whenever it was touched by the point of the pin. She continued to take food, whenever it was offered to her; and when the bread was put into her left hand, and the hand raised by another person to her mouth, she immediately began to eat slowly, but unremittingly, munching like a rabbit, till it was finished. It was remarked, that if it happened to be a slice of loaf which she was eating, she turned the crust, when she came to it, so as to introduce it more easily into her mouth, as if she had been fully sensible of what she was doing. But when she had ceased to eat, her hand dropped upon her chin or under lip, and rested there, till it was replaced by her side, or upon her breast. She took medicine, when it was administered, as readily as food, without any indication of disgust; and, in this way, by means of castor oil and aloetic pills, her bowels were kept open; but no evacuation ever took place without the use of a laxative. It was observed, that she always gave a signal, by pushing down the bedclothes, when she had occasion to make any evacuation. The eye-lids were uniformly shut, and, when forced open, the ball of the eye appeared turned upwards, so as to shew only the white part of it. Her friends shewed considerable reluctance to allow any medical means to be used for her recovery; but, about the middle of July, her head was shaved, and a large blister applied, which remained nineteen hours, and produced an abundant issue, yet without exciting the smallest symptom of uneasiness in the patient. Sinapisms were also applied to her feet, and her legs were moved from hot water into cold, and vice versa, without any appearance of sensation.

In this state she remained, without any apparent alteration, till Tuesday the 8th day of August, precisely six weeks from the time when she was first seized with her lethargy, and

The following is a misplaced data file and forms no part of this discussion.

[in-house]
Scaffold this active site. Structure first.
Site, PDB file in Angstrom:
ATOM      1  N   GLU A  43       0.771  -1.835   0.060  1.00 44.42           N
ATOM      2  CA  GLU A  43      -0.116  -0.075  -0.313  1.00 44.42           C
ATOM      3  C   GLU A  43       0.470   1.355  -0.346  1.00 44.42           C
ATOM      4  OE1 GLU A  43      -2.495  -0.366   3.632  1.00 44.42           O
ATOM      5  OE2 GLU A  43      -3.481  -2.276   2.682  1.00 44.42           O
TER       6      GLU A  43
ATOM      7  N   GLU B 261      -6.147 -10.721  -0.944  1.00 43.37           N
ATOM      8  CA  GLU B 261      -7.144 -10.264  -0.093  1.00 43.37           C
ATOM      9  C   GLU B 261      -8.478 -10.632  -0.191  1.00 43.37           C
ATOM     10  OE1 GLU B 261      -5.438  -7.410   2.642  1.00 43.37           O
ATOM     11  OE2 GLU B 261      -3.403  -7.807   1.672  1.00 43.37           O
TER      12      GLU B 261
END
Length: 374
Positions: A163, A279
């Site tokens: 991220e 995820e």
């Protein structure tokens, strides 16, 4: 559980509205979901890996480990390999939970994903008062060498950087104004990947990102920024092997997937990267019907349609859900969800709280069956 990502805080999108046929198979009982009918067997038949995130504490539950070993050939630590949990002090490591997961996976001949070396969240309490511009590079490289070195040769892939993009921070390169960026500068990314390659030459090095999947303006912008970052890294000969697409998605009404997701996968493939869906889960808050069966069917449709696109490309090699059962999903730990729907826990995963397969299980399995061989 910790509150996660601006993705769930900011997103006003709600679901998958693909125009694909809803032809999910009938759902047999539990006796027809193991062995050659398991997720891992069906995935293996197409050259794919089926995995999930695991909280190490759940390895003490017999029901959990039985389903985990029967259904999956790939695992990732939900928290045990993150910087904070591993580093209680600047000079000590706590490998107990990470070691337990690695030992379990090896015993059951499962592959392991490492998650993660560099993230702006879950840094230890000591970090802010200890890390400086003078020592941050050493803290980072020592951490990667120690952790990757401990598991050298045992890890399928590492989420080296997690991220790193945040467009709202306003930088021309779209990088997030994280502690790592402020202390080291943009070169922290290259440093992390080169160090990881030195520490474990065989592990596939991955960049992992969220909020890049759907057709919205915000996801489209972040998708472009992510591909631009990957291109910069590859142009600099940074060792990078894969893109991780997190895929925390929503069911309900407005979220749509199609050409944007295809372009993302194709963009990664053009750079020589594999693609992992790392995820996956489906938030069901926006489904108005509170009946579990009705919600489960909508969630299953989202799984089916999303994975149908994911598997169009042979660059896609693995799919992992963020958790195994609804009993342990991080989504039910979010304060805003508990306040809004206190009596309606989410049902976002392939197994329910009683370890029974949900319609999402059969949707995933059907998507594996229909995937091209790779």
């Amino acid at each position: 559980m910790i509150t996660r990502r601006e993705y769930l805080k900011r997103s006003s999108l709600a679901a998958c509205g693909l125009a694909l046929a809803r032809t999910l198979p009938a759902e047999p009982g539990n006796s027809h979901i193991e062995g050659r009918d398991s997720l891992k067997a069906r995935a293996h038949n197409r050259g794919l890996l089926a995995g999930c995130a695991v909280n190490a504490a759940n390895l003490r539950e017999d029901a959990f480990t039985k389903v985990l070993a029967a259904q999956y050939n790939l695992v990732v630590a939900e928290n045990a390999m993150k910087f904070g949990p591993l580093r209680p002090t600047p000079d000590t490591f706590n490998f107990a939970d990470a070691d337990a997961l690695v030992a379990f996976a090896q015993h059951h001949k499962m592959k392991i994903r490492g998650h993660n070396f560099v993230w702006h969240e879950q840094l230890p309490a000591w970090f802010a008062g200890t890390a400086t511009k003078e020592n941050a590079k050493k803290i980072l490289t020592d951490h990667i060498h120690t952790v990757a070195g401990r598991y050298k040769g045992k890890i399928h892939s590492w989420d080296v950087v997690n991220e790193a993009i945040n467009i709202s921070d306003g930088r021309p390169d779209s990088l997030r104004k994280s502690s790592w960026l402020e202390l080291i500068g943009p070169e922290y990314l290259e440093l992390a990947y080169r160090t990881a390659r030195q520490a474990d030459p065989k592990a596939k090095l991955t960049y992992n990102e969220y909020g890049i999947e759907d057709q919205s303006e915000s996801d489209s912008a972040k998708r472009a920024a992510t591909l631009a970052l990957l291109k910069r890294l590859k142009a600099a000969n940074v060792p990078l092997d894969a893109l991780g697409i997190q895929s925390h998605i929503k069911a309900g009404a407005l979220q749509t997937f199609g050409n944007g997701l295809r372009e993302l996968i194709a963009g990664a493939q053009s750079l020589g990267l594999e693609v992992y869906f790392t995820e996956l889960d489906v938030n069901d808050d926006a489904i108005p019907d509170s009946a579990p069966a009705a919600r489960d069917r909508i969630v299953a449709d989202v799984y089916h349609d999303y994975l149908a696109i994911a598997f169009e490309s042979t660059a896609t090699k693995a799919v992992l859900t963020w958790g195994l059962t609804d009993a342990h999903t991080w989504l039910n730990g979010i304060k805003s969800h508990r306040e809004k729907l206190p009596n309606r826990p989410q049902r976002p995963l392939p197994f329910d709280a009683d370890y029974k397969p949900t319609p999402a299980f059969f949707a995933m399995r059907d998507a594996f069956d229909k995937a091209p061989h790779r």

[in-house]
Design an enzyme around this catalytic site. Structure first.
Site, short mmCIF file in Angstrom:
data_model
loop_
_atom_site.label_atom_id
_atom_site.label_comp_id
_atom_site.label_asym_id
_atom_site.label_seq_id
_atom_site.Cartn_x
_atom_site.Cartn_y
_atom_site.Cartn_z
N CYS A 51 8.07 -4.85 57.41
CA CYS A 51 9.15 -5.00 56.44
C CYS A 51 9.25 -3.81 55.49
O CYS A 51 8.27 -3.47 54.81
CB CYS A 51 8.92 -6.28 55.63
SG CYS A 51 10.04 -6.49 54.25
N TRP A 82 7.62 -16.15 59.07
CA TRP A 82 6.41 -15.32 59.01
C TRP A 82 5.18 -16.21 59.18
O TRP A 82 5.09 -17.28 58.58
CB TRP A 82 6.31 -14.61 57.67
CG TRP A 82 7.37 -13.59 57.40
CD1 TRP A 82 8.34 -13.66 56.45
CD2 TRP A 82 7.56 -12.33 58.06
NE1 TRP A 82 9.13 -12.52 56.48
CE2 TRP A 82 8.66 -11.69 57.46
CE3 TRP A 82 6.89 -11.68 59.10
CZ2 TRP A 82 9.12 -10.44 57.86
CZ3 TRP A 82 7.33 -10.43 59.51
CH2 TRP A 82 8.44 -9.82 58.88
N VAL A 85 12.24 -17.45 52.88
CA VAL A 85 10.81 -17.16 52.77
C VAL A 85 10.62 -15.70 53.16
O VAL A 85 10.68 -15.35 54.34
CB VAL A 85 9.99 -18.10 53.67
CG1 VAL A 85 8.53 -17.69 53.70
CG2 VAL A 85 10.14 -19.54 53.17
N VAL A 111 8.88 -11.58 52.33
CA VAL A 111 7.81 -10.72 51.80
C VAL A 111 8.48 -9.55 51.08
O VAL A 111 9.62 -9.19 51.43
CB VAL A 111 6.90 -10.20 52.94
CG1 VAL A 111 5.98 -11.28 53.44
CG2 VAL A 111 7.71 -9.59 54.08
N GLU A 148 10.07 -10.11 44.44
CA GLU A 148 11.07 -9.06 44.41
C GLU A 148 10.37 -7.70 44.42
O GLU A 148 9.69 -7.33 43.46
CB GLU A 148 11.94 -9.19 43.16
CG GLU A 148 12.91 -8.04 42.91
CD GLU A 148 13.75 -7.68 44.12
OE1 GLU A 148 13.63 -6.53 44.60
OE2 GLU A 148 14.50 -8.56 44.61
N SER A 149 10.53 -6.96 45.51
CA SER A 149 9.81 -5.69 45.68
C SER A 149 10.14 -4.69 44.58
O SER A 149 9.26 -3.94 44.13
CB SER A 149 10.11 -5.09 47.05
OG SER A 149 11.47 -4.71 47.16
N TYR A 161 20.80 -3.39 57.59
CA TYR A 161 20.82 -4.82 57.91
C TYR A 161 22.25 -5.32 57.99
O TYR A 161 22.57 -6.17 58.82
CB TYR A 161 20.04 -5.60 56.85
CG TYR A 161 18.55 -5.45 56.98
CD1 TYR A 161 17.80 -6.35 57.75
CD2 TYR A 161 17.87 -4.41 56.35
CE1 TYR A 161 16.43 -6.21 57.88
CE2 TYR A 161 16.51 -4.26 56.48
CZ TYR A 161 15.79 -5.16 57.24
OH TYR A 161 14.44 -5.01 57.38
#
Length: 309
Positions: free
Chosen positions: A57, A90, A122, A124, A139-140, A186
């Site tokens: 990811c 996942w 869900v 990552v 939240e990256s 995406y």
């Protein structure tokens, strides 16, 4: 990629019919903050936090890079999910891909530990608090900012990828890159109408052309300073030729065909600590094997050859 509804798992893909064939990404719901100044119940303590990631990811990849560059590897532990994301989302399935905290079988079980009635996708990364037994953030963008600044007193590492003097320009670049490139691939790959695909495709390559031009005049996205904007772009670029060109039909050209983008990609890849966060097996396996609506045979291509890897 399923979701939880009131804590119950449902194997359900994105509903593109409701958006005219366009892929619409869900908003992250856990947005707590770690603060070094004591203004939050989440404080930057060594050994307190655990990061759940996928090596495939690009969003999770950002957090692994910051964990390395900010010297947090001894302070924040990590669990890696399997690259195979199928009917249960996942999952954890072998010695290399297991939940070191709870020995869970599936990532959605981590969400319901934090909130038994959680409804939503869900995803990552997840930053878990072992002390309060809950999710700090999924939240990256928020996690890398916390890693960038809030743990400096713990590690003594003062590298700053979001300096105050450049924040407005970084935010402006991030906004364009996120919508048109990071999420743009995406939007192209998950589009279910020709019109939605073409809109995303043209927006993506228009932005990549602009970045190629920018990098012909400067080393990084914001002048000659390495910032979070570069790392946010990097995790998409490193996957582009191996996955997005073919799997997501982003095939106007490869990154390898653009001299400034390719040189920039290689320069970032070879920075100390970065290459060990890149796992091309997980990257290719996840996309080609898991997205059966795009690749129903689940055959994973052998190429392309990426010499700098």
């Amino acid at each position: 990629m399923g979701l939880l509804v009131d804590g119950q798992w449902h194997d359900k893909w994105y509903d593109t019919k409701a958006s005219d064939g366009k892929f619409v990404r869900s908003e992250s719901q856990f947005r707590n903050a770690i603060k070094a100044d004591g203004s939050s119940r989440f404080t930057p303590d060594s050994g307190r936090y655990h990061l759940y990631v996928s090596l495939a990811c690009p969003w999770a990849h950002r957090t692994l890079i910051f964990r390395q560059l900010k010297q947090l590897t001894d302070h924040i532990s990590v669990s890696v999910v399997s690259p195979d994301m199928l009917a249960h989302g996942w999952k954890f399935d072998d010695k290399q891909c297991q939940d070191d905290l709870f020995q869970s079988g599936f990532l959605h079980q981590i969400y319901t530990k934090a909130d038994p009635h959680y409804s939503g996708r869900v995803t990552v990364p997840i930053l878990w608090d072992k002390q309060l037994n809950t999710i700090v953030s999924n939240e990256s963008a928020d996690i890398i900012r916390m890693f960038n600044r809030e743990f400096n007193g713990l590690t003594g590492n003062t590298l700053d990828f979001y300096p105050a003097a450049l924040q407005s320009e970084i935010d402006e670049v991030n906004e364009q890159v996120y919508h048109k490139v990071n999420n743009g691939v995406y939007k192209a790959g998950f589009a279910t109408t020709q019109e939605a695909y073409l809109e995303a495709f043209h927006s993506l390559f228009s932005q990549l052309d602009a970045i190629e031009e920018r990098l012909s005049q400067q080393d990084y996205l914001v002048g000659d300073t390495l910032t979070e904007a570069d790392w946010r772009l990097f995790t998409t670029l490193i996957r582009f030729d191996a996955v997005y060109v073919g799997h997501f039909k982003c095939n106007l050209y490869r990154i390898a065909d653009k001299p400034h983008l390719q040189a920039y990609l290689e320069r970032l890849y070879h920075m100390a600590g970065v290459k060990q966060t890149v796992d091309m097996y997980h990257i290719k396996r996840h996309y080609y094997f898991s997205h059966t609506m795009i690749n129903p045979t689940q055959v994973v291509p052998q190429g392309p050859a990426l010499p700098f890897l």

without ever appearing to be awake, except, as mentioned, on the afternoon of Friday the 30th of June.During the whole of this period, her colour was generally that of health; but her complexion rather more delicate than usual, and occasionally changing, sometimes to paleness, and at other times to a feverish flush.The heat of her body was natural; but, when lifted out of bed, she generally became remarkably cold. The state of her pulse was not regularly marked; but, during the first two weeks, it was generally at 50; during the third and fourth week, about 60; and, on the day before her recovery, at 70 or 72; whether its increase was gradual was not ascertained. She continued, during the whole period, to breathe in the same soft and almost imperceptible manner as at first; but was observed occasionally, during the night, to draw her breath more strongly, like a person who had fallen asleep. She discovered no symptoms of hearing, till about four days before. her recovery, when, upon being requested, (as she had often been before, without effect), to give a sign if she heard what was said to her, she made a slight motion with her left hand, but soon ceased again to shew any sense of hearing. On Tuesday forenoon, the day of her recovery, she shewed evident signs of hearing; and by moving her left hand, intimated her assent or dissent in a tolerably intelligent manner; yet, in the afternoon of the same day, she seemed to have again entirely lost all sense of hearing. About eight o'clock on Tuesday evening, her father, a shrewd intelligent man, and of a respectable character, anxious to avail himself of her recovered sense of hearing, and hoping to rouse her faculties by alarming her fears, sat down at her bedside, and told her that he had now given consent, (as was in fact the case), that she should be removed to the Montrose Infirmary; that, as her